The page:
After reading The Rules of Seduction, and really liking it, I was looking forward to Rose's story. Rose is the cousin of Alexia, the heroine of TROS. After Rose's brother squandered all of the family's money, and stole from the accounts of many others, her family suffered ruin. Her brother fled, leaving Rose and her younger sister, Irene, to fend for themselves. Luckily, they had the help of Alexia, who offered financial support to her cousins.

Rose, for whatever reason, naively takes up with a man, Norbury. Unknown to her Norbury is one of the people who's account her brother had stolen money from. Though Norbury had been made whole he can not resist a chance at exploiting the sister of the thief. He uses her and when he's had his fill, he decides to sell her off to the highest bidder.

Kyle has seen Rose before and was captivated by her beauty. Being that Rose's station was far above his, he could never act on that attraction, regardless of her lack of financial wealth. Not able to watch Rose get sold off to a harsh fate, Kyle steps in and saves her. He is successful in getting her away from Norbury but Rose knows that there is nothing to be done about her now ruined reputation. That is until Kyle proposes a marriage of convenience.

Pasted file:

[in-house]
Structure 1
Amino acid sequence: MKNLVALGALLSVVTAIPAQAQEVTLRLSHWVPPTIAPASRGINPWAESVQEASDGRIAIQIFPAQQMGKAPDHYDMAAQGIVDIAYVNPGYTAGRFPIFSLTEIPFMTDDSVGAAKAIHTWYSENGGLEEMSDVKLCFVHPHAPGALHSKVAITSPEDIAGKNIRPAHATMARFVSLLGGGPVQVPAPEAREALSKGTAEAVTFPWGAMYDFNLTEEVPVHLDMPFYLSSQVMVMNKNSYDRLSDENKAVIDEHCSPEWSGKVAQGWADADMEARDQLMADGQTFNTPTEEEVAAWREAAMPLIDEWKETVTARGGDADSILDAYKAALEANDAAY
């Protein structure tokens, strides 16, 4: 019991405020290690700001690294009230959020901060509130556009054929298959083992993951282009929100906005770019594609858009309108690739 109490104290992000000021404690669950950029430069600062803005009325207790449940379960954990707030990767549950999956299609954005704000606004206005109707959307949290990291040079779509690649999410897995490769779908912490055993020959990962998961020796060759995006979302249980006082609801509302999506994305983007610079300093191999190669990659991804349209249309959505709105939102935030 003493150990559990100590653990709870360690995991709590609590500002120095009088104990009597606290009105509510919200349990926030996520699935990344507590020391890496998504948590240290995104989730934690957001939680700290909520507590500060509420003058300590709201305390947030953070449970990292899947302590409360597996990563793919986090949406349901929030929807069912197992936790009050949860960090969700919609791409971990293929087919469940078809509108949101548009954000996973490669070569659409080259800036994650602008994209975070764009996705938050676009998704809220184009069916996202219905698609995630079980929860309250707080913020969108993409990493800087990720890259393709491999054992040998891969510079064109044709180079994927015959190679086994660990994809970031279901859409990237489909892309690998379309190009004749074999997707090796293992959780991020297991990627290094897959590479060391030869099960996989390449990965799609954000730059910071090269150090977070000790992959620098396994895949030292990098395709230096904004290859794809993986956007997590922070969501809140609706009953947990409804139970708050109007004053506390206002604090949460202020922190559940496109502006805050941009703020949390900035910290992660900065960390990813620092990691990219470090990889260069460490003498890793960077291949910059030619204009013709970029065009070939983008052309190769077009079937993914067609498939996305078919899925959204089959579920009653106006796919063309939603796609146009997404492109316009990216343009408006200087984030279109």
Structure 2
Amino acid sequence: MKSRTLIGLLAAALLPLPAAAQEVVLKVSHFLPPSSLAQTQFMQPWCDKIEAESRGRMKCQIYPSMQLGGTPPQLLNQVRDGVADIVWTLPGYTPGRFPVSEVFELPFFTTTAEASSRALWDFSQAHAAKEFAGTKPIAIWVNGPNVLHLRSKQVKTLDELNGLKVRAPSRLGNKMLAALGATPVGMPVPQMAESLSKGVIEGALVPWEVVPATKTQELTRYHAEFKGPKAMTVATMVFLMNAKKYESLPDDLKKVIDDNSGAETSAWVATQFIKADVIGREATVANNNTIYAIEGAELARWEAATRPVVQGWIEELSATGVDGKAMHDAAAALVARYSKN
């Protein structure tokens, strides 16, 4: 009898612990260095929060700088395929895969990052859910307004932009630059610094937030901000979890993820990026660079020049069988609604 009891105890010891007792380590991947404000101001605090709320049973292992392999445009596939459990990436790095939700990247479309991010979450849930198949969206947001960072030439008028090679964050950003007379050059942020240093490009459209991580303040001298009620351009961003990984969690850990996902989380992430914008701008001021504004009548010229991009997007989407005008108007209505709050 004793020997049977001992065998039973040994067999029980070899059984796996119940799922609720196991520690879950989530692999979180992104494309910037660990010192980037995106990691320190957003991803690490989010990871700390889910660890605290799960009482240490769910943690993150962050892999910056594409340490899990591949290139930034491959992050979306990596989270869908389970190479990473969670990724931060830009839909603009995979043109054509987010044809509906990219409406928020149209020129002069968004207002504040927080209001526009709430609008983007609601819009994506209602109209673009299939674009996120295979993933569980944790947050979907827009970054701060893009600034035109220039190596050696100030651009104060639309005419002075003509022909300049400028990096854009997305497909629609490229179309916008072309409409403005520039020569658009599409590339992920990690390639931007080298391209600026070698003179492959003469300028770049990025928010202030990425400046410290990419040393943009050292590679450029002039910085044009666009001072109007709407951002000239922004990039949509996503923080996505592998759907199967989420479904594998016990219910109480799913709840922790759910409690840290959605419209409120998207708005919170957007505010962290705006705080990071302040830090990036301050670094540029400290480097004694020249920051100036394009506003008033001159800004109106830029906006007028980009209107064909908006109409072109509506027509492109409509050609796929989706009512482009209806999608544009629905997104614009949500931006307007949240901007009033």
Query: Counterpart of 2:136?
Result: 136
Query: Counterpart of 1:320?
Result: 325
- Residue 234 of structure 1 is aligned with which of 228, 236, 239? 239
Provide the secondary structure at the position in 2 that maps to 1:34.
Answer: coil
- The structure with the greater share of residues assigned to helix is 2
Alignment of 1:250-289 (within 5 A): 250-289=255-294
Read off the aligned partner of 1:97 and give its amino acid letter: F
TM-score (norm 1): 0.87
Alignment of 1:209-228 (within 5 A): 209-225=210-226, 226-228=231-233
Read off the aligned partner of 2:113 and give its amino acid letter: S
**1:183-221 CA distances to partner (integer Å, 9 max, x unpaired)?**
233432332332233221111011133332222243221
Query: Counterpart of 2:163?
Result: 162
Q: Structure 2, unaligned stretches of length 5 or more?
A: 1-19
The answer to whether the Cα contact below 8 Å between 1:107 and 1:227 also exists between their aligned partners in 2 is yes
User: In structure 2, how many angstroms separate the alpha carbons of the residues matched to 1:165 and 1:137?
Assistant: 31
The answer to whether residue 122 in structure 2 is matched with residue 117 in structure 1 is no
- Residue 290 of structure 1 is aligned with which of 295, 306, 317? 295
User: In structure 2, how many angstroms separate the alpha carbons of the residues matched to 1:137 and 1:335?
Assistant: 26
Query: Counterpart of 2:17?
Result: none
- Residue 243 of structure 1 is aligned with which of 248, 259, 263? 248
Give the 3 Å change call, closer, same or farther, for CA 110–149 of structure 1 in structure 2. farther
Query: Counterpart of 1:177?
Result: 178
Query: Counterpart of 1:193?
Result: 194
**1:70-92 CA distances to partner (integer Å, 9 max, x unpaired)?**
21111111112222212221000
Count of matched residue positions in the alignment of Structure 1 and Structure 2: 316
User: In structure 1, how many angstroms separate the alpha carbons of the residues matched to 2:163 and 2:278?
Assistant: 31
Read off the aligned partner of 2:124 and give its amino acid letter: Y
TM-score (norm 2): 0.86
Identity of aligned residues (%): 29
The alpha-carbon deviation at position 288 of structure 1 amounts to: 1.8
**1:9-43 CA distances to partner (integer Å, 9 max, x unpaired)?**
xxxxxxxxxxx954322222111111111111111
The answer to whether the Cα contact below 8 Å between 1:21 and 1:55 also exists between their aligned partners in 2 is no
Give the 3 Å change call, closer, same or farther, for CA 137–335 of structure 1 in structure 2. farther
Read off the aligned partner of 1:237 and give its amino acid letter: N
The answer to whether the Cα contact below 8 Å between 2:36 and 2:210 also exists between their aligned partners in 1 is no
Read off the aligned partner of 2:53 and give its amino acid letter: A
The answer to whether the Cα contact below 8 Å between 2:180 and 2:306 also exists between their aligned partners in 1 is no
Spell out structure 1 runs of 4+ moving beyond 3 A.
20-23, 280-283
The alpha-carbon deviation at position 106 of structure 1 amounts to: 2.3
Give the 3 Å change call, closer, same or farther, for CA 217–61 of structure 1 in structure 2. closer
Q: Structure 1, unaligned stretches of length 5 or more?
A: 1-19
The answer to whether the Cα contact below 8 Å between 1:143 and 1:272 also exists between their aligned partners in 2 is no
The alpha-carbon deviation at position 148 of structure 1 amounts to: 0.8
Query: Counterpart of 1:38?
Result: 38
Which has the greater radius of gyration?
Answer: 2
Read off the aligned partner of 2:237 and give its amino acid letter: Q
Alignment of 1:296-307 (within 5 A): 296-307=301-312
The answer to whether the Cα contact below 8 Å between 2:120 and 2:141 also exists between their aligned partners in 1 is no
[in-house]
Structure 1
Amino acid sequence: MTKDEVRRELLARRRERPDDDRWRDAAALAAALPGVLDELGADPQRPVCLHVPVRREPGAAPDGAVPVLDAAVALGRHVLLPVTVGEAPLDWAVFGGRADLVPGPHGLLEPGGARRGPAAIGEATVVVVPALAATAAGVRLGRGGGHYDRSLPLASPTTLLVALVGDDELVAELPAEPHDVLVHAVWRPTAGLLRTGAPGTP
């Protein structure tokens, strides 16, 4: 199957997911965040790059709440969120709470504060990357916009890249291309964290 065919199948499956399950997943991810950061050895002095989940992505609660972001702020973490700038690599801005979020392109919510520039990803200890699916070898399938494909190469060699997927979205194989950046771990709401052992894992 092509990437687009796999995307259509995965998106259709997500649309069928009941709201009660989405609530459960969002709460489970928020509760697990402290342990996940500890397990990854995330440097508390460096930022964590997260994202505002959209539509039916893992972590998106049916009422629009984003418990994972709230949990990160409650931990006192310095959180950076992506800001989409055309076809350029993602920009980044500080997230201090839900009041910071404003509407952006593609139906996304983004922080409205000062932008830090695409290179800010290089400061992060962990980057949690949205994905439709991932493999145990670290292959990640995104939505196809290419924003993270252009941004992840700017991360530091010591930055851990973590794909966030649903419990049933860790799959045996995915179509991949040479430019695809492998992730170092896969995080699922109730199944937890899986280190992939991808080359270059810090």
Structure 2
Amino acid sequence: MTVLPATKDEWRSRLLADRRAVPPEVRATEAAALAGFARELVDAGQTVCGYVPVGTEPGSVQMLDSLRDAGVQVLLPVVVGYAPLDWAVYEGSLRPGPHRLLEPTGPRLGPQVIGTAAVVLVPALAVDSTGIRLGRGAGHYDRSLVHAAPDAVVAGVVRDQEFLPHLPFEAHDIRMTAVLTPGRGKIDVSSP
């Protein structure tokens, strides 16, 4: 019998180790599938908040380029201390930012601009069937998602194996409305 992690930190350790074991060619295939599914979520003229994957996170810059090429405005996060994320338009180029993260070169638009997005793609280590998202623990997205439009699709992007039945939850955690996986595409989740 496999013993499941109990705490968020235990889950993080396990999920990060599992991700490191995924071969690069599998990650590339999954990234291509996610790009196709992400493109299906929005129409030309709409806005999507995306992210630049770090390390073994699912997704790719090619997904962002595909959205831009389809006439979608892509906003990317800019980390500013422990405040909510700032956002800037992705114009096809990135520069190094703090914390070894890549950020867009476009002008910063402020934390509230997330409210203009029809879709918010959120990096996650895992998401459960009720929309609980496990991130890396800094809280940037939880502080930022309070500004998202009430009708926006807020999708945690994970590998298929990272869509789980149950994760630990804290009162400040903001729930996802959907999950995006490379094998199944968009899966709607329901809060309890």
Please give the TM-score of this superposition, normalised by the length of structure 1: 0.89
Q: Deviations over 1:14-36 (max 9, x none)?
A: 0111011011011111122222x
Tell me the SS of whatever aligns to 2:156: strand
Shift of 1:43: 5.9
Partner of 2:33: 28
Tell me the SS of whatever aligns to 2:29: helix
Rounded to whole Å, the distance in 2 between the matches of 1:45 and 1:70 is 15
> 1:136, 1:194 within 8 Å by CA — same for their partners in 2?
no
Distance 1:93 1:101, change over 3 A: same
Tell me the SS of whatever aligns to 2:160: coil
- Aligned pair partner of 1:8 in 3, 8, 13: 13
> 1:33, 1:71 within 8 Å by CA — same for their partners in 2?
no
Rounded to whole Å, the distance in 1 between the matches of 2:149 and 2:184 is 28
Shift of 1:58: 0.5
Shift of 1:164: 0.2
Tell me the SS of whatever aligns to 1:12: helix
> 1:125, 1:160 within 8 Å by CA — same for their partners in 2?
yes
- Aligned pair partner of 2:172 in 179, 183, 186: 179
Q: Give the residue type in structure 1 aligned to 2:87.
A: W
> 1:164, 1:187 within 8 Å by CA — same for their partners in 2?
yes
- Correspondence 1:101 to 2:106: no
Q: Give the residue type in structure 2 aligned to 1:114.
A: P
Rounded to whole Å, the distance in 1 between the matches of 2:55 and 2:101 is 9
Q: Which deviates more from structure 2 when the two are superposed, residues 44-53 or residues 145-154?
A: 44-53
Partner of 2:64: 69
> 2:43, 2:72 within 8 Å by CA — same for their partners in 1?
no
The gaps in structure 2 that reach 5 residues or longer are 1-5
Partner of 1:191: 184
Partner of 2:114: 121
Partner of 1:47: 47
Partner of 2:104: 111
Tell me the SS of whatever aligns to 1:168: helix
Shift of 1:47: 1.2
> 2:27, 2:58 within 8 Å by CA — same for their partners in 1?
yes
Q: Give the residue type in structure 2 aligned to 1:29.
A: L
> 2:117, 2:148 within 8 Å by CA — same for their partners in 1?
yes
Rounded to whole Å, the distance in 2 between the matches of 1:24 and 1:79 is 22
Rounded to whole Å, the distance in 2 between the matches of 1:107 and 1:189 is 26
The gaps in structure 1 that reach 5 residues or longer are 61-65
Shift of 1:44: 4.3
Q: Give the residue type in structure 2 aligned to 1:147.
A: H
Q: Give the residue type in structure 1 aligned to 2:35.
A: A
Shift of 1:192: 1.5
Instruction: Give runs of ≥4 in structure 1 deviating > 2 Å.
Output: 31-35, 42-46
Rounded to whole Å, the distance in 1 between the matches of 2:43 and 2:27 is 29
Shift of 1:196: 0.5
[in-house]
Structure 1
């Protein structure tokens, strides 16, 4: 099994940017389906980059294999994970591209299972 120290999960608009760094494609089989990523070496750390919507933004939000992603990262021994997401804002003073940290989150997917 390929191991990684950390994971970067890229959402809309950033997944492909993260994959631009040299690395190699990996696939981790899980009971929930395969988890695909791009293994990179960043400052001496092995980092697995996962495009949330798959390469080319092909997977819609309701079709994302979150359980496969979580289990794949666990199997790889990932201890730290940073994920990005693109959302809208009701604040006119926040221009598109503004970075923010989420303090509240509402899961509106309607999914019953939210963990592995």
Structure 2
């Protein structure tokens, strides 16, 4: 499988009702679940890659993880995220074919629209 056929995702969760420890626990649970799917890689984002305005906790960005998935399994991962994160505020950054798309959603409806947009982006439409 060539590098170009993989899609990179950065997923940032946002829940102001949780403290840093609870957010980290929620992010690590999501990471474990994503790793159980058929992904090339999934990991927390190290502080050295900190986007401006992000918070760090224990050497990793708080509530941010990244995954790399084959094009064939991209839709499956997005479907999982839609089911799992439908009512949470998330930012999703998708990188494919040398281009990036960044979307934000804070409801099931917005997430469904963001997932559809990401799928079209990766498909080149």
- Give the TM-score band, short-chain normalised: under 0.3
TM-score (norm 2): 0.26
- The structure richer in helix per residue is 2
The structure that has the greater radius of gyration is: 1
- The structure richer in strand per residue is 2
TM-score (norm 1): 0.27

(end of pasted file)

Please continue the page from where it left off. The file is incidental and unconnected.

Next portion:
I really struggled with this book, not because the writing wasn't good (it was), but because I was unable to connect with the characters. I read about their feelings, suffering, and love, but never felt it. I've read a few Hunter books and this is the first one where the heroine and hero, came off dry. The beginning of their story was promising but as it progressed it seemed that the characters were simply going through the motions, which bored me. I became disconnected with the characters, and sometimes with the story as a whole.